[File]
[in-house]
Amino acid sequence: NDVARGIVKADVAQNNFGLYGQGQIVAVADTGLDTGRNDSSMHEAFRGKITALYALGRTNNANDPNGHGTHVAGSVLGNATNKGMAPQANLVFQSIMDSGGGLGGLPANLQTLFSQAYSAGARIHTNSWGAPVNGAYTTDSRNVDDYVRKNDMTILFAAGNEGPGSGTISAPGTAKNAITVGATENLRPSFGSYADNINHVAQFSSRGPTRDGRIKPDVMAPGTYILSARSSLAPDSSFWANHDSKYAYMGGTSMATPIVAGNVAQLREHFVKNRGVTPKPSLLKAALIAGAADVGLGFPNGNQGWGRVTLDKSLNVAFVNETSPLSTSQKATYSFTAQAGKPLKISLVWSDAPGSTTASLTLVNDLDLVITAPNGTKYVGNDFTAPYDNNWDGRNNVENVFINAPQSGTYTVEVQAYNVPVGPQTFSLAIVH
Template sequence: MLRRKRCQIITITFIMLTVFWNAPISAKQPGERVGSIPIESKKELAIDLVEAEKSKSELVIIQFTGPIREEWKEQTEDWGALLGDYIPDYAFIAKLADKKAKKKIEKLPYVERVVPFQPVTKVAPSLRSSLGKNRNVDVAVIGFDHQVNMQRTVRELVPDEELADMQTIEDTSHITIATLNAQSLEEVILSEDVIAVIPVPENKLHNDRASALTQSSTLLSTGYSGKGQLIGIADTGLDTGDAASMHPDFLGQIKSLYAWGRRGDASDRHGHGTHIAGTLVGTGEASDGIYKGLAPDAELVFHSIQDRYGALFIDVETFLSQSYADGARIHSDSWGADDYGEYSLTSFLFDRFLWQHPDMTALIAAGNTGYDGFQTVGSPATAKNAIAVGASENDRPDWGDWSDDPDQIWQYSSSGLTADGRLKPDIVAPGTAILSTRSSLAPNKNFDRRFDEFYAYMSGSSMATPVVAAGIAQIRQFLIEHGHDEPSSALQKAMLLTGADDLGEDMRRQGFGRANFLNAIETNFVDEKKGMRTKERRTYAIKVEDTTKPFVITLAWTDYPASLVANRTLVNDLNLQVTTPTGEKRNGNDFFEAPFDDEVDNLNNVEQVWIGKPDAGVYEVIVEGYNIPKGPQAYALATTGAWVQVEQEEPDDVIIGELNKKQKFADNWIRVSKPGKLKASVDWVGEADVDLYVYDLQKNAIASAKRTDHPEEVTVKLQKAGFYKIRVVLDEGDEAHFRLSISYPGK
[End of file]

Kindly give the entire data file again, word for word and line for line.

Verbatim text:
[in-house]
Amino acid sequence: NDVARGIVKADVAQNNFGLYGQGQIVAVADTGLDTGRNDSSMHEAFRGKITALYALGRTNNANDPNGHGTHVAGSVLGNATNKGMAPQANLVFQSIMDSGGGLGGLPANLQTLFSQAYSAGARIHTNSWGAPVNGAYTTDSRNVDDYVRKNDMTILFAAGNEGPGSGTISAPGTAKNAITVGATENLRPSFGSYADNINHVAQFSSRGPTRDGRIKPDVMAPGTYILSARSSLAPDSSFWANHDSKYAYMGGTSMATPIVAGNVAQLREHFVKNRGVTPKPSLLKAALIAGAADVGLGFPNGNQGWGRVTLDKSLNVAFVNETSPLSTSQKATYSFTAQAGKPLKISLVWSDAPGSTTASLTLVNDLDLVITAPNGTKYVGNDFTAPYDNNWDGRNNVENVFINAPQSGTYTVEVQAYNVPVGPQTFSLAIVH
Template sequence: MLRRKRCQIITITFIMLTVFWNAPISAKQPGERVGSIPIESKKELAIDLVEAEKSKSELVIIQFTGPIREEWKEQTEDWGALLGDYIPDYAFIAKLADKKAKKKIEKLPYVERVVPFQPVTKVAPSLRSSLGKNRNVDVAVIGFDHQVNMQRTVRELVPDEELADMQTIEDTSHITIATLNAQSLEEVILSEDVIAVIPVPENKLHNDRASALTQSSTLLSTGYSGKGQLIGIADTGLDTGDAASMHPDFLGQIKSLYAWGRRGDASDRHGHGTHIAGTLVGTGEASDGIYKGLAPDAELVFHSIQDRYGALFIDVETFLSQSYADGARIHSDSWGADDYGEYSLTSFLFDRFLWQHPDMTALIAAGNTGYDGFQTVGSPATAKNAIAVGASENDRPDWGDWSDDPDQIWQYSSSGLTADGRLKPDIVAPGTAILSTRSSLAPNKNFDRRFDEFYAYMSGSSMATPVVAAGIAQIRQFLIEHGHDEPSSALQKAMLLTGADDLGEDMRRQGFGRANFLNAIETNFVDEKKGMRTKERRTYAIKVEDTTKPFVITLAWTDYPASLVANRTLVNDLNLQVTTPTGEKRNGNDFFEAPFDDEVDNLNNVEQVWIGKPDAGVYEVIVEGYNIPKGPQAYALATTGAWVQVEQEEPDDVIIGELNKKQKFADNWIRVSKPGKLKASVDWVGEADVDLYVYDLQKNAIASAKRTDHPEEVTVKLQKAGFYKIRVVLDEGDEAHFRLSISYPGK